These numbers have jolted the markets and shifted expectations. In addition, with U.S. unemployment sitting at 3.8% and hiring continuing to outpace expectations, there's one more reason for the Fed to stand firm.


And if U.S. inflation remains stuck, interest rate increases may be back on the table for the Fed, providing yet another boost to the U.S. dollar.


The rate spread between the US and Mexico has narrowed. While Banxico (Mexico's central bank) cut interest rates by a quarter-point rate in March (from 11.25% to 11%), progress in bringing down Mexico's inflation rate has also fizzled lately.


In the first half of April, inflation re-accelerated to 4.63% from 4.43% the prior month. As such, more rate cuts from Banxico probably aren’t happening anytime soon.


why is the dollar rising against the peso
Source: INEGI

For those who read my post in early 2024 discussing the peso outlook, you know that the rate spread between two countries influences capital flows, which in turn impacts the exchange rates in those same countries.


As the rate spread narrows between the peso and the dollar, it should benefit the dollar.


Geopolitical risk is increasing globally. When Iran and Israel began trading missile attacks earlier this month and the markets contemplated a wider Middle East conflict, the dollar quickly gained against its peers. This is what's referred to as a “flight to quality."


In this scenario, demand for U.S. dollars spikes because Europe, China, and Japan are seen as more vulnerable economically due to their greater dependency on energy from the Middle East compared to the U.S.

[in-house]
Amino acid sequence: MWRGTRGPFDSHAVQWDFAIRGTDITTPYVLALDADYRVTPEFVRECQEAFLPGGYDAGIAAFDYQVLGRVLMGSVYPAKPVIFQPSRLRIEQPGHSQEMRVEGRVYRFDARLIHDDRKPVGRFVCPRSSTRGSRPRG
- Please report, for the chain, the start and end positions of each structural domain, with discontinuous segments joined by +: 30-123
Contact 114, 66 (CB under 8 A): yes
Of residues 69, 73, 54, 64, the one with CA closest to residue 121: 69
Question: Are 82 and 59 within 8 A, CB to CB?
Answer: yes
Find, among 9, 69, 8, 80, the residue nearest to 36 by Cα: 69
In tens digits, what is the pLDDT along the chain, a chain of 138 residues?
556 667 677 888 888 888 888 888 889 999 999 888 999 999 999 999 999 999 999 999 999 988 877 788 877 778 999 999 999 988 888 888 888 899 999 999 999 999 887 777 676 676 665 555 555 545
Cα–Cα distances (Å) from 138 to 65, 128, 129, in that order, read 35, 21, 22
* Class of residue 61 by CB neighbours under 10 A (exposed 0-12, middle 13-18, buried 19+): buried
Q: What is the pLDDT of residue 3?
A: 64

Capital is leaving China at the fastest rate in 7 years. Since the pandemic, manufacturing capacity has been shifting out of Asia (and China in particular) to markets closer to the U.S.


This trend has benefited Mexico (in what's known as "nearshoring") and contributed to an investment slowdown in China, which now appears overbuilt relative to demand. Capital flight from China has subsequently increased demand for U.S. dollars.


And for those who assume that nearshoring should continue to benefit the Mexican peso versus the dollar, you may want to consider Mexico's straining infrastructure.


One headwind for additional nearshoring is a lack of energy capacity due to years of under-investment by Mexico's public utilities, including CFE, Siapa, and Pemex. On top of that has been super-low investment in renewable energy despite Mexico's obvious advantages in this area.


As such, direct investment in Mexico is unlikely to be sustained at the feverish pace of the past few years.


Conclusion


While no one knows exactly where things are headed next, current trends should put a floor beneath the dollar and will likely prevent a return to the lows seen earlier this year against the peso.


Barring more geopolitical shocks, I'd expect things to hold fairly steady between the dollar and peso in the short term, with the potential for further dollar appreciation as we lead up to Mexico's presidential election on June 2.